Anti-CD47 antibody-mediated phagocytosis of cancer by macrophages primes an effective anti-tumor T cell response [electronic resource]
- Tseng, Diane.
- Physical description
- 1 online resource.
- Weissman, Irving L., primary advisor.
- Davis, Mark M. advisor.
- Engleman, Edgar G., advisor.
- Levy, Ronald, 1941 December 6- advisor.
- Stanford University. Department of Cancer Biology.
- Mobilization of the T cell response against cancer has the potential to achieve long-lasting cures. However, it is not known how to optimally harness antigen presenting cells to achieve an effective anti-tumor T cell response. In this study, we show that anti-CD47 antibody-mediated phagocytosis of cancer by macrophages can initiate an anti-tumor T cell immune response. Using the ovalbumin model antigen system, anti-CD47 antibody-mediated phagocytosis of cancer cells by macrophages resulted in increased priming of OT-I T cells (CD8+), but did not prime OT-II T cells (CD4+). The CD4+ T cell response was characterized by a reduction in Foxp3+ regulatory T cells. Macrophages following anti-CD47-mediated phagocytosis primed CD8+ T cells to exhibit cytotoxic effector function in vivo, protecting animals from tumor challenge. We conclude that anti-CD47 antibody treatment not only enables macrophage phagocytosis of cancer, but can also initiate an anti-tumor cytotoxic T cell immune response. Anti-CD47-mediated phagocytosis of cancer cells by macrophages leads to priming of a predominant CD8+ T cell response without priming of CD4+ T cells, demonstrating differential priming of T cell responses by macrophages. Priming of effector CD8+ T cells is difficult to achieve with existing vaccines for cancer and infectious diseases. Anti-CD47-based vaccination strategies serve as a promising new strategy for overcoming this challenge for treating or preventing human disease.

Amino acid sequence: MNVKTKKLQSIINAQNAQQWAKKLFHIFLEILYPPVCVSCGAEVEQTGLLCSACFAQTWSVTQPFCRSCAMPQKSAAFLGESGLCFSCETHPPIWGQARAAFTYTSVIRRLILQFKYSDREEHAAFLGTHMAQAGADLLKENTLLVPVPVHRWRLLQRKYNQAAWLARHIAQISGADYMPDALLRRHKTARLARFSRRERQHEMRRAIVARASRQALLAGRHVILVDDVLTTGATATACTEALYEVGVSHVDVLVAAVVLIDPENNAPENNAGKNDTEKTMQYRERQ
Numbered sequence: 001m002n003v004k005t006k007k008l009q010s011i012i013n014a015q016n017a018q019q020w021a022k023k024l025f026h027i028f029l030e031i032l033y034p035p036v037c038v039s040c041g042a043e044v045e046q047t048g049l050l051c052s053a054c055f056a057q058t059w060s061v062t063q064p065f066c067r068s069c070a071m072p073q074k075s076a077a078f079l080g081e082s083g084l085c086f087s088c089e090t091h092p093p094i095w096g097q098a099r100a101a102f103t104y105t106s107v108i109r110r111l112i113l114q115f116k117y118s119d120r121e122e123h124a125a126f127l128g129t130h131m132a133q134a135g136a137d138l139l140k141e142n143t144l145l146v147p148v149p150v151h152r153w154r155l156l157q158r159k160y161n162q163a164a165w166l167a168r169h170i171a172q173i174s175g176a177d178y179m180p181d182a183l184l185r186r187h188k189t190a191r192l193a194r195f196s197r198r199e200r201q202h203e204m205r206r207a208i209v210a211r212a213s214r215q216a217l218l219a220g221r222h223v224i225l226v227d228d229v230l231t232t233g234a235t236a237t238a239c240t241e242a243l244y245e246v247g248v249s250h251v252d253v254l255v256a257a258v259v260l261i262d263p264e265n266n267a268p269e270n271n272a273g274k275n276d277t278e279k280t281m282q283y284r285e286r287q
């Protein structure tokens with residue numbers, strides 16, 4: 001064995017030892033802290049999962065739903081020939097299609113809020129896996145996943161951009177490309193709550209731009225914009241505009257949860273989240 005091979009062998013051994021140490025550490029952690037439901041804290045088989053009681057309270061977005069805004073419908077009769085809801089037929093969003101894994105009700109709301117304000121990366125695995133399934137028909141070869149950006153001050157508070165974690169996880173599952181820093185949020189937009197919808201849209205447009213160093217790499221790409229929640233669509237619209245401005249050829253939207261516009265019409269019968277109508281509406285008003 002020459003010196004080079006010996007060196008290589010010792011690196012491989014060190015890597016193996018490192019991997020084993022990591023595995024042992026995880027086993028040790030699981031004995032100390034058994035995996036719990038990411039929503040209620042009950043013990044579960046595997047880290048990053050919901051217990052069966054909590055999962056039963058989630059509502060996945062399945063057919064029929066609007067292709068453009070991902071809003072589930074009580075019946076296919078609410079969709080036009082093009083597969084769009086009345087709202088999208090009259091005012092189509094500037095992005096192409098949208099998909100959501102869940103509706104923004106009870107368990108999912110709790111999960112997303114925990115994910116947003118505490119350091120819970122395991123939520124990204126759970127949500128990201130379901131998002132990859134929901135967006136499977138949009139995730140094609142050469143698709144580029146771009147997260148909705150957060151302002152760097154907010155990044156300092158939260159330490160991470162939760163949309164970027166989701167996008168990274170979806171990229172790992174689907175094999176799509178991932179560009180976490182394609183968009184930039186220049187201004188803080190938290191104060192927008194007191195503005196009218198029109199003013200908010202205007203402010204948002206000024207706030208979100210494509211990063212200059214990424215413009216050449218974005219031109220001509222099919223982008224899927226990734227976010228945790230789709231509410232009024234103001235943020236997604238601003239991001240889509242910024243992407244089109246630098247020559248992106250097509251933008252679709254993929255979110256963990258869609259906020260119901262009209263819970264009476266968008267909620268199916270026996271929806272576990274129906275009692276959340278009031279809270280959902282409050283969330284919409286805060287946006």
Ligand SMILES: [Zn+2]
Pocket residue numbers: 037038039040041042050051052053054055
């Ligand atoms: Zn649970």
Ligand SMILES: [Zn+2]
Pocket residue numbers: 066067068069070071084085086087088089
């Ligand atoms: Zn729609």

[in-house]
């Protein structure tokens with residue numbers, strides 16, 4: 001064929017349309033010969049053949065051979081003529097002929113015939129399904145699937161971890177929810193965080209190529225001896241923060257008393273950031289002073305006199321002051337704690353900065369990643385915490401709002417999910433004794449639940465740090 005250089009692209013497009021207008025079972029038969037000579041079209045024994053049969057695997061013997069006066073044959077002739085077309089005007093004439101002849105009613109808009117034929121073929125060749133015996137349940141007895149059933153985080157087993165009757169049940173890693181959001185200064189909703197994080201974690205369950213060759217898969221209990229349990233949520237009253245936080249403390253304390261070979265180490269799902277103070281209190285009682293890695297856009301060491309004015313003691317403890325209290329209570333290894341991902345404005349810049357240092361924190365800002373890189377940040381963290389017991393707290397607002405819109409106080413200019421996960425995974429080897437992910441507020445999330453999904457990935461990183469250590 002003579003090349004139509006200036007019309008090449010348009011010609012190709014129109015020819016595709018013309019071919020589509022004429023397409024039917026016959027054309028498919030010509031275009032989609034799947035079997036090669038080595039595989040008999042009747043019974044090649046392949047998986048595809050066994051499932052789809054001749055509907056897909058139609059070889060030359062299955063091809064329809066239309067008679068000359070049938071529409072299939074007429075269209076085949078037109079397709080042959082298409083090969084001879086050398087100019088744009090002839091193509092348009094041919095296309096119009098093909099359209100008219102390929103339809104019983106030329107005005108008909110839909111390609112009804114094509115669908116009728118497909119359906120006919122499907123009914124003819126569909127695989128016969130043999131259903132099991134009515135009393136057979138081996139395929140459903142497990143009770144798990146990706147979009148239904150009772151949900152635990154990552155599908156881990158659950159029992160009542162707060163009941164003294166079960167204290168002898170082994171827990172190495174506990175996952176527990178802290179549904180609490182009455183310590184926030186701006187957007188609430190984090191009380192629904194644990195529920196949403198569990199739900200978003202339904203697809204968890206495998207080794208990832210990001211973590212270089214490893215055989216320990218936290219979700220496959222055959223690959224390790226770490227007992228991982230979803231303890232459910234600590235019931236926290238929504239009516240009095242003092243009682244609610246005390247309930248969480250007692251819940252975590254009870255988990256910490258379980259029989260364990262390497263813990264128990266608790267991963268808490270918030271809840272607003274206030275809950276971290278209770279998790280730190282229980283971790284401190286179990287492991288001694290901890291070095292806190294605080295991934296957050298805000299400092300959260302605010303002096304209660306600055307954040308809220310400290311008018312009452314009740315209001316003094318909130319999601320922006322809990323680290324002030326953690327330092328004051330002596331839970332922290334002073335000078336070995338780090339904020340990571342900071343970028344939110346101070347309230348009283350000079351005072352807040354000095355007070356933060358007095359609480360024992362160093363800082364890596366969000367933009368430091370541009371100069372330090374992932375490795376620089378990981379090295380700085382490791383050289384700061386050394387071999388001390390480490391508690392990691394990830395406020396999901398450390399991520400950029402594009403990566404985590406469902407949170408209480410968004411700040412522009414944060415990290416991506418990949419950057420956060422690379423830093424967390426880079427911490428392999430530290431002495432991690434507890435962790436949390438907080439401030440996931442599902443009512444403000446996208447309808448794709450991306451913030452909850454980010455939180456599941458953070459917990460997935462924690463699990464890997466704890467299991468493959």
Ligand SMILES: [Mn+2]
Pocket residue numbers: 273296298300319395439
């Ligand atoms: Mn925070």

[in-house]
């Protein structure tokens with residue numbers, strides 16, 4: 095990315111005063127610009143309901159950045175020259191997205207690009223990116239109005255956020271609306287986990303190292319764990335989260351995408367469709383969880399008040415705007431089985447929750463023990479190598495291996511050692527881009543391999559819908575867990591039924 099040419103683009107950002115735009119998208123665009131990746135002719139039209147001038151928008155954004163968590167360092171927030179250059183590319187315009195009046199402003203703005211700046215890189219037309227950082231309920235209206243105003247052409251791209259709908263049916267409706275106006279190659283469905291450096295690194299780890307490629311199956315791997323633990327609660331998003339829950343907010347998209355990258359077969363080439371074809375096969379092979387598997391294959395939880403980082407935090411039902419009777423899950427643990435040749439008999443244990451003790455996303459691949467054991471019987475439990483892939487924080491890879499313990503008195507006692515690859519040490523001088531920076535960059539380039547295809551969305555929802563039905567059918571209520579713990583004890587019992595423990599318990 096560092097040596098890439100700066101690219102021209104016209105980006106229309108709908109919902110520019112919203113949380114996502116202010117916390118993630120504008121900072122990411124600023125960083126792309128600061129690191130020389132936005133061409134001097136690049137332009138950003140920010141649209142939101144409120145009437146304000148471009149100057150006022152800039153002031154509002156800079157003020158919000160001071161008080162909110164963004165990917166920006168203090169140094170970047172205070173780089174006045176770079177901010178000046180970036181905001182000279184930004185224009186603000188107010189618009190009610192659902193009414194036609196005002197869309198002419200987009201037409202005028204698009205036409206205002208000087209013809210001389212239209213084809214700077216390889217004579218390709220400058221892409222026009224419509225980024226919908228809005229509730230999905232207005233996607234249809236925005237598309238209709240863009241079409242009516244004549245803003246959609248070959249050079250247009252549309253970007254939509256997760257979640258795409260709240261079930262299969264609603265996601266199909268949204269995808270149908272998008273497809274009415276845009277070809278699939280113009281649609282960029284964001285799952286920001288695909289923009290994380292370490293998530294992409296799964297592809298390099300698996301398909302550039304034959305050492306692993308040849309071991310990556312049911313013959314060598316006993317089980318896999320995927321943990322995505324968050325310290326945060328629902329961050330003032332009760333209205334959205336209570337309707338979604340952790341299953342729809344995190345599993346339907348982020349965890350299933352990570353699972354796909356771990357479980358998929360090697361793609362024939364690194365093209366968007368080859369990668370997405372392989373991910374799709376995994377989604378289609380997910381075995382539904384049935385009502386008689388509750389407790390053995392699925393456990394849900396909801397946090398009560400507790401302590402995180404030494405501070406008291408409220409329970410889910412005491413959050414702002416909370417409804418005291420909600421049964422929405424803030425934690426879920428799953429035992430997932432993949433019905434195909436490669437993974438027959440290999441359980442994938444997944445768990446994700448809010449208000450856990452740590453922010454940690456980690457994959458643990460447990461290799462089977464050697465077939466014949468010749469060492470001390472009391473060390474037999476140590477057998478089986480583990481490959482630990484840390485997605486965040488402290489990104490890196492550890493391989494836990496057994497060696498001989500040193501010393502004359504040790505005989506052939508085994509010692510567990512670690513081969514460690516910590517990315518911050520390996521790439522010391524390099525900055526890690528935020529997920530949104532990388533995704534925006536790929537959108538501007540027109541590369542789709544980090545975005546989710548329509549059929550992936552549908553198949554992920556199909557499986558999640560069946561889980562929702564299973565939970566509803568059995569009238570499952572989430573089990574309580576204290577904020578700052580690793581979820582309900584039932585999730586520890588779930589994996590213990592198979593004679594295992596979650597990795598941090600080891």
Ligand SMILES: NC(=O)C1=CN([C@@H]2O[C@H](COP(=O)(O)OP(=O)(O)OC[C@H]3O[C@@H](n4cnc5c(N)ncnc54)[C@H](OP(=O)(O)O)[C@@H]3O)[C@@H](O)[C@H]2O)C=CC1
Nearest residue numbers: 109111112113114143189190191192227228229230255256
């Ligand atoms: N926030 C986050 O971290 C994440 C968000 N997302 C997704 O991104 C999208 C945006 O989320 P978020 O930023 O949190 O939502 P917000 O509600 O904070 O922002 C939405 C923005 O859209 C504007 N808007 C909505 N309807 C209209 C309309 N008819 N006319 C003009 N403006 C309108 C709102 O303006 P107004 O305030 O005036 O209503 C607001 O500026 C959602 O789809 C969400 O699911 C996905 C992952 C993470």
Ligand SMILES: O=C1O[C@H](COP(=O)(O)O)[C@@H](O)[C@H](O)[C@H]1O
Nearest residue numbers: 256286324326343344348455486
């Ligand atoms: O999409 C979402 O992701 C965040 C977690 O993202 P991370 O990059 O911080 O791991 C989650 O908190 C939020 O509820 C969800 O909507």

- Publication date
- Diane Tseng.
- Submitted to Program in Cancer Biology.
- Ph.D. Stanford University 2013